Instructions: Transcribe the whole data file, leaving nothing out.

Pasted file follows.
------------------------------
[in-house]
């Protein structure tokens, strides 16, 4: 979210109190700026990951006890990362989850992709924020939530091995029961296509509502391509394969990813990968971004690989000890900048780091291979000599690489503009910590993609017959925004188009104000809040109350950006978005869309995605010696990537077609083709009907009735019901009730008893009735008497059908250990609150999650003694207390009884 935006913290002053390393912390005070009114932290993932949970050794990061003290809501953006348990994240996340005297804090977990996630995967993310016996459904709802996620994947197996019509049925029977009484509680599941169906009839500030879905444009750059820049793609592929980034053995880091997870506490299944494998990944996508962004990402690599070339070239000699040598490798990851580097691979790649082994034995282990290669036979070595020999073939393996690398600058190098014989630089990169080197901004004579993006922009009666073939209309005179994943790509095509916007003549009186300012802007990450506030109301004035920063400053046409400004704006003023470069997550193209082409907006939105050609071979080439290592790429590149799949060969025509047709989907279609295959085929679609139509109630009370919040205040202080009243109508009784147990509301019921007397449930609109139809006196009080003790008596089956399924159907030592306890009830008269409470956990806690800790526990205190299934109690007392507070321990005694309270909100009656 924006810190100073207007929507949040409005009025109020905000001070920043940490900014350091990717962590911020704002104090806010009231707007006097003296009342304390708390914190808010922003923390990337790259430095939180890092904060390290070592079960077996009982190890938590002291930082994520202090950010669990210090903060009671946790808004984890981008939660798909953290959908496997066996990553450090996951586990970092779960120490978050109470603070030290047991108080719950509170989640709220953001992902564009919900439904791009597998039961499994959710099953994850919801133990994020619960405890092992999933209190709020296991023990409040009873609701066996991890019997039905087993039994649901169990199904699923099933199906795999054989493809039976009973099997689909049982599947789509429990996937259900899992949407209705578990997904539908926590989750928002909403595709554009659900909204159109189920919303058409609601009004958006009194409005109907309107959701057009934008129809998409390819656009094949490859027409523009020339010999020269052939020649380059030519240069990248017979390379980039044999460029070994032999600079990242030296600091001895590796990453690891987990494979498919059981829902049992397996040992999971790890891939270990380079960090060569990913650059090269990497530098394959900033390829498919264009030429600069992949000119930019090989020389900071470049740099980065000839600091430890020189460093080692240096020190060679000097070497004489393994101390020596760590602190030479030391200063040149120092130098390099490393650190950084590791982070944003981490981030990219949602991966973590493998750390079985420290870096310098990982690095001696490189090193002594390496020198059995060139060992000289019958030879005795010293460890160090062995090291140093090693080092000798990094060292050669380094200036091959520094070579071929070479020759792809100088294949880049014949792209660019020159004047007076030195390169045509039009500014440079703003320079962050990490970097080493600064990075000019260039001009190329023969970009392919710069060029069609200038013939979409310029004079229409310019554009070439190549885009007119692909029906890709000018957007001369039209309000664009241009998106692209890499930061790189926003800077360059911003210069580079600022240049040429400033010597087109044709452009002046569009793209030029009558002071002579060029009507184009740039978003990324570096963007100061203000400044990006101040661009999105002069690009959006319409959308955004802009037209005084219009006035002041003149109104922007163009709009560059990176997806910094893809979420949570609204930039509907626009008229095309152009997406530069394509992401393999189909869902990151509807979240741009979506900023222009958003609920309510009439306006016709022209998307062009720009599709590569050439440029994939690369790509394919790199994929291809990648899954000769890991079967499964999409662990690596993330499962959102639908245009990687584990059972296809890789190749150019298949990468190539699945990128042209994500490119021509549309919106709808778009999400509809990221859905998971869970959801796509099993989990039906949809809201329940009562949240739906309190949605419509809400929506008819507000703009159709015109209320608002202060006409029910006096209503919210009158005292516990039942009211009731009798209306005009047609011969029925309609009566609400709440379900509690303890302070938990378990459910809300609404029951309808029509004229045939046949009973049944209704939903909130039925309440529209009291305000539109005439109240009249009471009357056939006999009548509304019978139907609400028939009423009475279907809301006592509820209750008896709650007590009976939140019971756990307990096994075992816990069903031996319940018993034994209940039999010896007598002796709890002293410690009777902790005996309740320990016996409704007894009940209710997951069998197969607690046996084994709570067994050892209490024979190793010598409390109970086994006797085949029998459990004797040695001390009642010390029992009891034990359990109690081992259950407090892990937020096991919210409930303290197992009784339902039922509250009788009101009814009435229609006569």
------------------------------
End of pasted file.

[in-house]
């Protein structure tokens, strides 16, 4: 979210109190700026990951006890990362989850992709924020939530091995029961296509509502391509394969990813990968971004690989000890900048780091291979000599690489503009910590993609017959925004188009104000809040109350950006978005869309995605010696990537077609083709009907009735019901009730008893009735008497059908250990609150999650003694207390009884 935006913290002053390393912390005070009114932290993932949970050794990061003290809501953006348990994240996340005297804090977990996630995967993310016996459904709802996620994947197996019509049925029977009484509680599941169906009839500030879905444009750059820049793609592929980034053995880091997870506490299944494998990944996508962004990402690599070339070239000699040598490798990851580097691979790649082994034995282990290669036979070595020999073939393996690398600058190098014989630089990169080197901004004579993006922009009666073939209309005179994943790509095509916007003549009186300012802007990450506030109301004035920063400053046409400004704006003023470069997550193209082409907006939105050609071979080439290592790429590149799949060969025509047709989907279609295959085929679609139509109630009370919040205040202080009243109508009784147990509301019921007397449930609109139809006196009080003790008596089956399924159907030592306890009830008269409470956990806690800790526990205190299934109690007392507070321990005694309270909100009656 924006810190100073207007929507949040409005009025109020905000001070920043940490900014350091990717962590911020704002104090806010009231707007006097003296009342304390708390914190808010922003923390990337790259430095939180890092904060390290070592079960077996009982190890938590002291930082994520202090950010669990210090903060009671946790808004984890981008939660798909953290959908496997066996990553450090996951586990970092779960120490978050109470603070030290047991108080719950509170989640709220953001992902564009919900439904791009597998039961499994959710099953994850919801133990994020619960405890092992999933209190709020296991023990409040009873609701066996991890019997039905087993039994649901169990199904699923099933199906795999054989493809039976009973099997689909049982599947789509429990996937259900899992949407209705578990997904539908926590989750928002909403595709554009659900909204159109189920919303058409609601009004958006009194409005109907309107959701057009934008129809998409390819656009094949490859027409523009020339010999020269052939020649380059030519240069990248017979390379980039044999460029070994032999600079990242030296600091001895590796990453690891987990494979498919059981829902049992397996040992999971790890891939270990380079960090060569990913650059090269990497530098394959900033390829498919264009030429600069992949000119930019090989020389900071470049740099980065000839600091430890020189460093080692240096020190060679000097070497004489393994101390020596760590602190030479030391200063040149120092130098390099490393650190950084590791982070944003981490981030990219949602991966973590493998750390079985420290870096310098990982690095001696490189090193002594390496020198059995060139060992000289019958030879005795010293460890160090062995090291140093090693080092000798990094060292050669380094200036091959520094070579071929070479020759792809100088294949880049014949792209660019020159004047007076030195390169045509039009500014440079703003320079962050990490970097080493600064990075000019260039001009190329023969970009392919710069060029069609200038013939979409310029004079229409310019554009070439190549885009007119692909029906890709000018957007001369039209309000664009241009998106692209890499930061790189926003800077360059911003210069580079600022240049040429400033010597087109044709452009002046569009793209030029009558002071002579060029009507184009740039978003990324570096963007100061203000400044990006101040661009999105002069690009959006319409959308955004802009037209005084219009006035002041003149109104922007163009709009560059990176997806910094893809979420949570609204930039509907626009008229095309152009997406530069394509992401393999189909869902990151509807979240741009979506900023222009958003609920309510009439306006016709022209998307062009720009599709590569050439440029994939690369790509394919790199994929291809990648899954000769890991079967499964999409662990690596993330499962959102639908245009990687584990059972296809890789190749150019298949990468190539699945990128042209994500490119021509549309919106709808778009999400509809990221859905998971869970959801796509099993989990039906949809809201329940009562949240739906309190949605419509809400929506008819507000703009159709015109209320608002202060006409029910006096209503919210009158005292516990039942009211009731009798209306005009047609011969029925309609009566609400709440379900509690303890302070938990378990459910809300609404029951309808029509004229045939046949009973049944209704939903909130039925309440529209009291305000539109005439109240009249009471009357056939006999009548509304019978139907609400028939009423009475279907809301006592509820209750008896709650007590009976939140019971756990307990096994075992816990069903031996319940018993034994209940039999010896007598002796709890002293410690009777902790005996309740320990016996409704007894009940209710997951069998197969607690046996084994709570067994050892209490024979190793010598409390109970086994006797085949029998459990004797040695001390009642010390029992009891034990359990109690081992259950407090892990937020096991919210409930303290197992009784339902039922509250009788009101009814009435229609006569």